Another more difficult question, given the current political fragmentation of Palestinian society, is whether or not there is a unitary or coherent “national agenda” beyond the general one that all agree on: liberation from occupation. The various political forces and currents in Palestinian society, including Fateh in the West Bank, Hamas in Gaza, the Left in general and even the “new globalized elite,” do not necessarily share the same vision of future Palestinian society. They certainly should be able to articulate those visions equally and offer the general public competing agendas and pathways to achieve them. In that sense, advocates for human rights or the public good should also have the right to adhere or not to any of those interpretations of a “national agenda.” Some political actors may disagree with a human rights vision of a future where internationally recognized universal standards of human rights and the rule of law may conflict with narrower definitions of rights and liberties based on other criteria.
Then there’s the criticism that NGOs have hierarchal structures where power is concentrated in the hands of a few individuals who are only accountable to their Boards (if Boards do indeed exist or operate as they should) and not to their community. This is not a new phenomenon in Palestine, or in the region for that matter, and it is not limited to the NGOs. Civil societies almost always reproduce the leadership models they are accustomed to. In Palestine and elsewhere, it is not only the director of many NGOs who has been in their post for 30 years, but also the head of state or a local committee or council, political party, and workers’ organization, among others. To see this as a problem unique to NGOs is misplaced.
The assumption that social movements somehow can be free of political manipulation and simply operate on higher moral or ethical grounds is not necessarily well founded. In the Arab region, many human rights groups started as membership organizations with a social movement model in mind. Very quickly, and probably because of the lack of real political participation in the region, struggles for political control took place within those organizations, leading to paralysis and ineffectiveness.
Accusations are occasionally levied at NGOs for corruption, misappropriation of funds or over-spending on salaries and administrative expenses, as opposed to “help[ing] a rape victim or torture survivor” (Suresh, 2014). Corruption does happen and it requires daily vigilance, but it is not a problem unique to those professionalized organizations dependent on foreign funds. We see it in social movements, trade unions, political parties (of course), grassroots development organizations and, yes, in donor organizations as well (Lebanon Debate, 2013). Corruption is a human trait that must be fought with higher ethical human traits and with accountability and transparency mechanisms. But to point the finger at donor-dependent organizations and single them out as endemically corrupt seems unfair.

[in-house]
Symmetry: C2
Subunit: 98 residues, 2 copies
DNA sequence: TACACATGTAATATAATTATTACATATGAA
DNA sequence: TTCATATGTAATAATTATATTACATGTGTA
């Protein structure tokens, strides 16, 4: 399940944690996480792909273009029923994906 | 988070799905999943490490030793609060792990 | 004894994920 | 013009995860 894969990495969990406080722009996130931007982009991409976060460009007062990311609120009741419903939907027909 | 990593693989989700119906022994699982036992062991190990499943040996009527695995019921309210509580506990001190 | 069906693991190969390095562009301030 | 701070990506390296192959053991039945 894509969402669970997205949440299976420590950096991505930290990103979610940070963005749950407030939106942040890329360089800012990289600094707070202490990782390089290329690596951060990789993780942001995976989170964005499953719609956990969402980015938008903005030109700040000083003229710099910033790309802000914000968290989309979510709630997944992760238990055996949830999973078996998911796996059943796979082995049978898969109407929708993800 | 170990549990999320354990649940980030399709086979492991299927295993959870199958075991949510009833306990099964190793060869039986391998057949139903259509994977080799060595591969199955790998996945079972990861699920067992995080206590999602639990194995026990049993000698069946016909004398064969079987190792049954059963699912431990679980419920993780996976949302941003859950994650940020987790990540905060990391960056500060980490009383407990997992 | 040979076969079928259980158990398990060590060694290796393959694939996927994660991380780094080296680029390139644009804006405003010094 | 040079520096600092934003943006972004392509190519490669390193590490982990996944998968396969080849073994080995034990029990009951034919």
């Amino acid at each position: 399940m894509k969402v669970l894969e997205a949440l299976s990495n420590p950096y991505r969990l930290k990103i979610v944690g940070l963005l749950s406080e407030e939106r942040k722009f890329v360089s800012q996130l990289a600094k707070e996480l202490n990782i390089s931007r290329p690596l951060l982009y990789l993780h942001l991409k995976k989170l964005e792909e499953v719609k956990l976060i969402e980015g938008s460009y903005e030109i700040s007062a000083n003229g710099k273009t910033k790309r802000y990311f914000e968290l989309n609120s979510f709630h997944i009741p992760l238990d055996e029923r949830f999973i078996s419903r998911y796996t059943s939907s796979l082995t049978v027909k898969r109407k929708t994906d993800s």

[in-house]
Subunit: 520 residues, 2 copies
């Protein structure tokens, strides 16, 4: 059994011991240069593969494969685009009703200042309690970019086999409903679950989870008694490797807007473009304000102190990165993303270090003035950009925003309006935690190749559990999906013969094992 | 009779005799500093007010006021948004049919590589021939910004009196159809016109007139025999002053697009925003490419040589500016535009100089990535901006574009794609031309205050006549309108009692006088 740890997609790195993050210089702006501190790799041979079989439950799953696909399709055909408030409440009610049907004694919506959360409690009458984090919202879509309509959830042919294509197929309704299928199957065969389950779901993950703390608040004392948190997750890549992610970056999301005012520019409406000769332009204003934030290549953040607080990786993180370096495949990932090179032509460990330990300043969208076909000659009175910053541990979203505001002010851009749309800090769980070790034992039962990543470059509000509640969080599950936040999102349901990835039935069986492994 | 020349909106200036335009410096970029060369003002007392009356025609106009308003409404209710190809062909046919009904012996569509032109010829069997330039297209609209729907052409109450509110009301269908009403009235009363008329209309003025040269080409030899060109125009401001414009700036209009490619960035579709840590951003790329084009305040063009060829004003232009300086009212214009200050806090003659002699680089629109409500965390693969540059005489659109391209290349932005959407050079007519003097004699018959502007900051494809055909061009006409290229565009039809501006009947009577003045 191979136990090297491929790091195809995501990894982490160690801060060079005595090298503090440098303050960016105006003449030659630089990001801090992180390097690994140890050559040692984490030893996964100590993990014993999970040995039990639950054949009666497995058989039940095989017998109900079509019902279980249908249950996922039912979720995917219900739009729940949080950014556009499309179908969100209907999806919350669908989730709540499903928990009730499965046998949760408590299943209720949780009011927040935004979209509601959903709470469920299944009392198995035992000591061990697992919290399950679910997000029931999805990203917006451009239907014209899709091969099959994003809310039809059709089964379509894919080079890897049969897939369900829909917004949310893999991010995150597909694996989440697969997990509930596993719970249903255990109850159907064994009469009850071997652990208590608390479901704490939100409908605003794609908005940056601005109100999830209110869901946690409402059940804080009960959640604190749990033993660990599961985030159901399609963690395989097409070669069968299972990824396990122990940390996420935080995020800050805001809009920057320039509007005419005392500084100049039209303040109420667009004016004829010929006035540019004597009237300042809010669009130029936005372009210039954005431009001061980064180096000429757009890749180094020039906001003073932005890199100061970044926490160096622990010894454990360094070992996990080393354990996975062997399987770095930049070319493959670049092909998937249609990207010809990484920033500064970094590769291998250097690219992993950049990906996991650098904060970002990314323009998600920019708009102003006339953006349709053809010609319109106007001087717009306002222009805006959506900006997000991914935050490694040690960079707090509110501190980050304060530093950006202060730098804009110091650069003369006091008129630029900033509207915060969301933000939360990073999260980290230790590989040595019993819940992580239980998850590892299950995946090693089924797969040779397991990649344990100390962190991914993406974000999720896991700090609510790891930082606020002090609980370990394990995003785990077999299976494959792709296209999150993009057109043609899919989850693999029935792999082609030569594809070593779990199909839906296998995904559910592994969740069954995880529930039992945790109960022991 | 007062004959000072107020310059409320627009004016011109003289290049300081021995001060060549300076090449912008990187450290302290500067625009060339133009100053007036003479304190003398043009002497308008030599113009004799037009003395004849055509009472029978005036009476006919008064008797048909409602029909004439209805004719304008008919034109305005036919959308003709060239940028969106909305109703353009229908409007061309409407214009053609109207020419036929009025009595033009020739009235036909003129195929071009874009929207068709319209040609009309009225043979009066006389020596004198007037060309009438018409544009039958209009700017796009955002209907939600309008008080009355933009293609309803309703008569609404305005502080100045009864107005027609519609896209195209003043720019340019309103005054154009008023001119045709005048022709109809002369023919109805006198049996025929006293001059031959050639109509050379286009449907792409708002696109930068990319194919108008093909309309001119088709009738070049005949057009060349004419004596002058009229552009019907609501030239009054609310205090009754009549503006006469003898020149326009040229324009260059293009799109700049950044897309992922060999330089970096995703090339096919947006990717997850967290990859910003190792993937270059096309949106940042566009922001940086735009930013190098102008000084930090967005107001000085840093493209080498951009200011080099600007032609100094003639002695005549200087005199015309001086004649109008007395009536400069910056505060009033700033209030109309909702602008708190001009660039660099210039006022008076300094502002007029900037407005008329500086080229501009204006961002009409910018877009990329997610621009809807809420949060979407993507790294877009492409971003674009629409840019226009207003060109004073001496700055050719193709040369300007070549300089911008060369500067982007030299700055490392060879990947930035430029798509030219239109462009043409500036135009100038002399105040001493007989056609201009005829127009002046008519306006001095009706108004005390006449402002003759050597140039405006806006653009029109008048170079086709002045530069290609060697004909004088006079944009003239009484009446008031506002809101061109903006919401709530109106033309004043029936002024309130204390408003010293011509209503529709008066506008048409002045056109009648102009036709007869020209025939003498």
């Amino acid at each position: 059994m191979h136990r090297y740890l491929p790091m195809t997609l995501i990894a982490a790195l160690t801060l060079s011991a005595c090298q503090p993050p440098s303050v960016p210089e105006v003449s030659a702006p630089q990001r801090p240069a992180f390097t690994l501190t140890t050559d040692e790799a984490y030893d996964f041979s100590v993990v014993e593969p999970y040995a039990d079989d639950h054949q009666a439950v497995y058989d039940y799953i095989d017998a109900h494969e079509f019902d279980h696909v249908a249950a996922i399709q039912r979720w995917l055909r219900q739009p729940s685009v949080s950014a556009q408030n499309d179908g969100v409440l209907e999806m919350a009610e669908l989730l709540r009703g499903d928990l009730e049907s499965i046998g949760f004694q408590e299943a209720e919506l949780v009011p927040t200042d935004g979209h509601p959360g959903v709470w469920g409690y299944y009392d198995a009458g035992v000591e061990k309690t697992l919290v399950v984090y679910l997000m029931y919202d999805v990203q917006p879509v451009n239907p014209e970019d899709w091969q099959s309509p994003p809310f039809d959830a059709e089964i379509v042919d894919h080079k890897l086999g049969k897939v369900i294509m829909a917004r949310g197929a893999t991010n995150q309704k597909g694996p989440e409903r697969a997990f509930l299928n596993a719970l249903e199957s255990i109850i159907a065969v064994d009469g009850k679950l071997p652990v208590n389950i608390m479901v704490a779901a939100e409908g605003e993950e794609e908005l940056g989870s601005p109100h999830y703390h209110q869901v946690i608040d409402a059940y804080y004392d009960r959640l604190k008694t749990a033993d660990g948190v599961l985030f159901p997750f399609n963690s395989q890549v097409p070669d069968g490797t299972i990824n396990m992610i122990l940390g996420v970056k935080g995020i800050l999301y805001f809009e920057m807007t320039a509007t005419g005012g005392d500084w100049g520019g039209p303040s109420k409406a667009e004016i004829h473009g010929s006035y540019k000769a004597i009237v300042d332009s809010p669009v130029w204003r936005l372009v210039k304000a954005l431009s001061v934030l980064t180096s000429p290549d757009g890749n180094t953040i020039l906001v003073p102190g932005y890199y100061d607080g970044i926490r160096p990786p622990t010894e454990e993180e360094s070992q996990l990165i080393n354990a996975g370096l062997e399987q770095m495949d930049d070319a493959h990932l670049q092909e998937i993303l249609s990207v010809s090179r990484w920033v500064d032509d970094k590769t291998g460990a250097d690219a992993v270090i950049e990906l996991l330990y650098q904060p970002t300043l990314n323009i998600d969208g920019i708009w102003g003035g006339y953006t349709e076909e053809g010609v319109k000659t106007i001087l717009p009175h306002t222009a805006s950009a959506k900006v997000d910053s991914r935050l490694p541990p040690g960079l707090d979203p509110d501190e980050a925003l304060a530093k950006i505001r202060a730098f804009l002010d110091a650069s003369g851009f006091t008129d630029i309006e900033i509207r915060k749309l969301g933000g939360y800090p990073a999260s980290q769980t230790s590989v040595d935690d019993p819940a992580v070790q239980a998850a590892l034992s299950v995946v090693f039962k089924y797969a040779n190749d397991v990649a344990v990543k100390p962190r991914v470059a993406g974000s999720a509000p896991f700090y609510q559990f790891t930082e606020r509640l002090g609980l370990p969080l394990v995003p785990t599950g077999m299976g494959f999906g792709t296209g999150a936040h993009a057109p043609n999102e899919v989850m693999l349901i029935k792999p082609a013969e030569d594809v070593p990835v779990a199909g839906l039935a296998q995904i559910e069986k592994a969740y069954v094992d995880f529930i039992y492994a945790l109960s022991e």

Another over-simplified juxtaposition is pitting the presumed donor-driven globalized agendas of NGOs against the (again presumed) more homegrown national agenda of popular social movements. There have certainly been a host of issues associated with foreign funding of local efforts, including the matching of donor and national priorities, the “black lists” established by the United States, growing dependency and many others, and funding can of course have an effect, since donors do come with their own agendas and priorities.
Indeed there are politics in social justice philanthropy (Azzam, 2005), which is one of the reasons that, five years ago, a number of us established the Arab Human Rights Fund, the first such regionally owned philanthropy for human rights, which takes its funding cues from concerns on the ground and also seeks to educate international donors.2 To date, however, we still are unable to reach anywhere near the volume of funding provided by European and North American donors, as potential national donors continue to fear being associated with what is perceived as a “political” issue. In many countries in our region, governmental authorization is required even to raise funds locally, let alone receive them from the outside. These issues, however, are symptoms of broader social and political problems, not those of the organizations themselves.
Donors often focus their funding priorities for their own reasons, some of which are strategic, some programmatic and some even political, and this does affect what issues get funded in any given year. No doubt, NGOs must research donor organizations’ priorities before submitting their proposals and many make decisions accordingly. Sadly, not all NGOs are able to negotiate with their donors to gain support for what they feel are priority issues. But to say that donors’ priorities eroded the capacity of Palestinian NGOs to produce plans based on national priorities—again, assuming we have the same national priorities—is unfair and sidelines the commitment and hard work of Palestinian NGOs. To give only one example, how is it a foreign agenda for the Palestinian Center for Human Rights in Gaza and al-Haq in Ramallah to use foreign funding to file war crimes cases against Israeli officials in Europe? Because of Palestinian NGOs’ creative and courageous efforts in that regard, and despite cowardly diplomats and courts in Britain and elsewhere changing their laws to avoid war crimes cases, Israeli officials periodically cancel travel for fear of prosecution (Pfeffer, 2012).